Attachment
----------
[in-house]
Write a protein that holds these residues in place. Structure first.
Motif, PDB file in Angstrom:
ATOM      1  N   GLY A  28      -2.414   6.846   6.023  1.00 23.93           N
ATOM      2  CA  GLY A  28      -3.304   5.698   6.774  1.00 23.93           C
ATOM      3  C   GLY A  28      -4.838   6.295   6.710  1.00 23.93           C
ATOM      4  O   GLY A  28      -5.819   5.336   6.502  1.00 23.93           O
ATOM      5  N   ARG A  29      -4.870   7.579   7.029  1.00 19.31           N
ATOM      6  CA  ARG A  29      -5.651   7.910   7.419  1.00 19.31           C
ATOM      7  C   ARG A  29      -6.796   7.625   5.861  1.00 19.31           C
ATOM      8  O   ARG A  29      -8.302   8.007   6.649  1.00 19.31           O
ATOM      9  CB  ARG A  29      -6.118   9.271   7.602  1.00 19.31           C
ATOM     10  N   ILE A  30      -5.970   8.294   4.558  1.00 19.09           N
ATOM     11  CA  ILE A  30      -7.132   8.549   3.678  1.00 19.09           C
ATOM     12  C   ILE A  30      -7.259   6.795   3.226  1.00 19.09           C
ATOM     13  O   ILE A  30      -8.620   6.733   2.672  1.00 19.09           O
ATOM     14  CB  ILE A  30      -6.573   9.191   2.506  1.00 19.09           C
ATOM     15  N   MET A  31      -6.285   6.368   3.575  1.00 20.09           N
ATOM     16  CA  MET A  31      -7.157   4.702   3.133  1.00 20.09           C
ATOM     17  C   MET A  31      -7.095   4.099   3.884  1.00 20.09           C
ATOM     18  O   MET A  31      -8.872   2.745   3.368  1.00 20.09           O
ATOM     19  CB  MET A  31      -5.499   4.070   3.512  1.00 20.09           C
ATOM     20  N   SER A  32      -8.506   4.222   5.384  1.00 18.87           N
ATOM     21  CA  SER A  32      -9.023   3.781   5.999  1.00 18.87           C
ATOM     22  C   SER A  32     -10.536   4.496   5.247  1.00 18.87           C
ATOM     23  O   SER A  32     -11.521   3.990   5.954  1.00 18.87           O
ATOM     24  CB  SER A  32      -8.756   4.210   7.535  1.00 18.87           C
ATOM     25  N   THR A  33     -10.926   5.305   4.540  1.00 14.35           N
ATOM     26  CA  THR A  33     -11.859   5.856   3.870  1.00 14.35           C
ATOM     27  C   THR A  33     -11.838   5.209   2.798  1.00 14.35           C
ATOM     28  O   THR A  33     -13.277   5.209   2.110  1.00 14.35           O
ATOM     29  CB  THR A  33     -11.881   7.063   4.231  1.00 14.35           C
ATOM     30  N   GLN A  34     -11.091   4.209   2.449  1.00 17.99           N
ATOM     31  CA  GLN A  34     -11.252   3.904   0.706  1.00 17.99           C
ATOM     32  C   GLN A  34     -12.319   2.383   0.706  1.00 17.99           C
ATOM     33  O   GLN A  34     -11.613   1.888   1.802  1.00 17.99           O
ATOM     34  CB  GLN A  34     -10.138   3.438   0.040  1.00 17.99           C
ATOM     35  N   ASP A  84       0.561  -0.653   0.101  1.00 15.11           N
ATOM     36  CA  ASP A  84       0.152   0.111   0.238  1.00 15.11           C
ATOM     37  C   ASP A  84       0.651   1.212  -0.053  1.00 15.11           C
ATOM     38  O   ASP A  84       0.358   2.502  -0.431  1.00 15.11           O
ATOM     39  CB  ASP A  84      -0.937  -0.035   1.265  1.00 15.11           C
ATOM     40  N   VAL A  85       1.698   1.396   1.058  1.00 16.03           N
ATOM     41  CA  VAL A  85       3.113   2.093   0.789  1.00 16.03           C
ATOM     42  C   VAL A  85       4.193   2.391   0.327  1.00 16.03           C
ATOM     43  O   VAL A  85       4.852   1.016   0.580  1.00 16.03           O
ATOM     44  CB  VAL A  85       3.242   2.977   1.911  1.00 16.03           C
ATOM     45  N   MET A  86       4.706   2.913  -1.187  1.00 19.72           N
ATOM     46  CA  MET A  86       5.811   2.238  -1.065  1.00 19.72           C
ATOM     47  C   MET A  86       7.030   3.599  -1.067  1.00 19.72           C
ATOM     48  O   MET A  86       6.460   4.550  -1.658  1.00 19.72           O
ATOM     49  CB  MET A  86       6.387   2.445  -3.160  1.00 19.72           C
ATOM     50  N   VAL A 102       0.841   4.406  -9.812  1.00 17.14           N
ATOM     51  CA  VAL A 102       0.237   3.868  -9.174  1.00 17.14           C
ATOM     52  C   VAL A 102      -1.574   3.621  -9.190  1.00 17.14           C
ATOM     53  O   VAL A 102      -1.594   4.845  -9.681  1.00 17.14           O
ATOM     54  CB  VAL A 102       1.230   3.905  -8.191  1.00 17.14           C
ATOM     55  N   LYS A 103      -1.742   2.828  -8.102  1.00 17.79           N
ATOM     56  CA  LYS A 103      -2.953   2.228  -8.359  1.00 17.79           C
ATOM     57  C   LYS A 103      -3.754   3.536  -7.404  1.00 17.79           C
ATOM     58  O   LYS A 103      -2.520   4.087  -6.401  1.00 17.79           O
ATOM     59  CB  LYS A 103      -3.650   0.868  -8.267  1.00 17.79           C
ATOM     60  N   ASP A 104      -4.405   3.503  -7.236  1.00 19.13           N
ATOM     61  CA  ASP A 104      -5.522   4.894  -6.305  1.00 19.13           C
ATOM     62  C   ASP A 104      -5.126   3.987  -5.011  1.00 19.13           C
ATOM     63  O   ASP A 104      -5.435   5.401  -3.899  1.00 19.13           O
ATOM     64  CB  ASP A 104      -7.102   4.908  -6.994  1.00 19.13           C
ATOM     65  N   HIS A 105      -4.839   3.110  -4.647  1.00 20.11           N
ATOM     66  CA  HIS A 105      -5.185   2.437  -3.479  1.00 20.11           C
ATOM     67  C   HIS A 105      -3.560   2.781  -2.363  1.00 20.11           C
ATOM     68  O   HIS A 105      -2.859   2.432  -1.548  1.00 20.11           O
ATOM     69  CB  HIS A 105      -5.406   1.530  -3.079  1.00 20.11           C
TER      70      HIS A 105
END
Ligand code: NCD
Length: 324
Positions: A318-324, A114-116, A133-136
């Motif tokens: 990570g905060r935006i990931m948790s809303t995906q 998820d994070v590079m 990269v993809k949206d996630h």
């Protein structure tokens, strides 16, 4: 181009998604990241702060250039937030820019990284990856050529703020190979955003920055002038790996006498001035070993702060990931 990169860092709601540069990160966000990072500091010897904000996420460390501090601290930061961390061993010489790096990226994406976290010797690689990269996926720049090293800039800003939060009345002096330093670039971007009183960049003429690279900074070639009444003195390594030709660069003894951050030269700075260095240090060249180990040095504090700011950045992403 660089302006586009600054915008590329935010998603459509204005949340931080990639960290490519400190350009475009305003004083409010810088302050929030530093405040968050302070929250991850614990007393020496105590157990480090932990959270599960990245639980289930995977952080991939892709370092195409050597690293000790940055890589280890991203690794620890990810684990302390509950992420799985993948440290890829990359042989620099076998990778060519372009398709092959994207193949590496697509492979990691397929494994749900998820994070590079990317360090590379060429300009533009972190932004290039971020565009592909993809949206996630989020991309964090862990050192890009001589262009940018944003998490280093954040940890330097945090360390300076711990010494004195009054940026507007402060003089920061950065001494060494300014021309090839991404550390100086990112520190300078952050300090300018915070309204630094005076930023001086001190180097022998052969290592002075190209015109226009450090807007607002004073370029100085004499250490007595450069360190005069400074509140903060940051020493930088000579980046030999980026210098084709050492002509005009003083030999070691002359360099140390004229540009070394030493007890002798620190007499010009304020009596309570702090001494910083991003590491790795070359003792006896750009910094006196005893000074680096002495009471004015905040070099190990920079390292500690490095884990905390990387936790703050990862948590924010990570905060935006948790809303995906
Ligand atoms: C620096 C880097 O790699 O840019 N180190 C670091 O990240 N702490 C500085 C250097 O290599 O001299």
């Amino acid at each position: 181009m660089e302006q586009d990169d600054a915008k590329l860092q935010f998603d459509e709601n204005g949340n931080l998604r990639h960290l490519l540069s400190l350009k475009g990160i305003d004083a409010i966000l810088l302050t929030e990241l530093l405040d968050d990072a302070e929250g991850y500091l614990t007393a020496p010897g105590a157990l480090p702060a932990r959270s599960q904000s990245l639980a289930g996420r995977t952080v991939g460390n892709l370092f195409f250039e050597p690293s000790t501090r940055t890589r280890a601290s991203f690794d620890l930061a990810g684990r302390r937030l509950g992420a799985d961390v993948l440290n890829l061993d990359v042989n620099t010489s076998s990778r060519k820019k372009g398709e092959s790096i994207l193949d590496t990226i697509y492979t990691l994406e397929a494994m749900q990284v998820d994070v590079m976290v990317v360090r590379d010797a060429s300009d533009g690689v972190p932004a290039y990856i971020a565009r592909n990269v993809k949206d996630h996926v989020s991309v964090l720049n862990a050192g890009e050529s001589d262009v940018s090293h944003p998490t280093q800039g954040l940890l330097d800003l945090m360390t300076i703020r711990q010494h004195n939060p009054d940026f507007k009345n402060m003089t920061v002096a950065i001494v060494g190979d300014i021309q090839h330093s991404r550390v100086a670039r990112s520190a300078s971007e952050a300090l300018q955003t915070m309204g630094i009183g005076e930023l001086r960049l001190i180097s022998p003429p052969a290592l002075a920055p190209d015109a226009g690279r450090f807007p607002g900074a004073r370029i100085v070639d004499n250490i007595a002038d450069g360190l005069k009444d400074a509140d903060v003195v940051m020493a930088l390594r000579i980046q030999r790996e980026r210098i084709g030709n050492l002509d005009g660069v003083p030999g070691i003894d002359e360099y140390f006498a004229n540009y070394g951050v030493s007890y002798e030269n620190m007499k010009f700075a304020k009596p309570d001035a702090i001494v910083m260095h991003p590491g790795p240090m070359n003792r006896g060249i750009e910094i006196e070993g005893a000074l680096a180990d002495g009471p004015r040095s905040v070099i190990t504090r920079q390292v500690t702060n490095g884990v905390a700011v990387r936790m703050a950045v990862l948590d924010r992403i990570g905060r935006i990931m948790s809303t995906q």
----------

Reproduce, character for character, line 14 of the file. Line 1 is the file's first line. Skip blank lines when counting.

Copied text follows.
ATOM     11  CA  ILE A  30      -7.132   8.549   3.678  1.00 19.09           C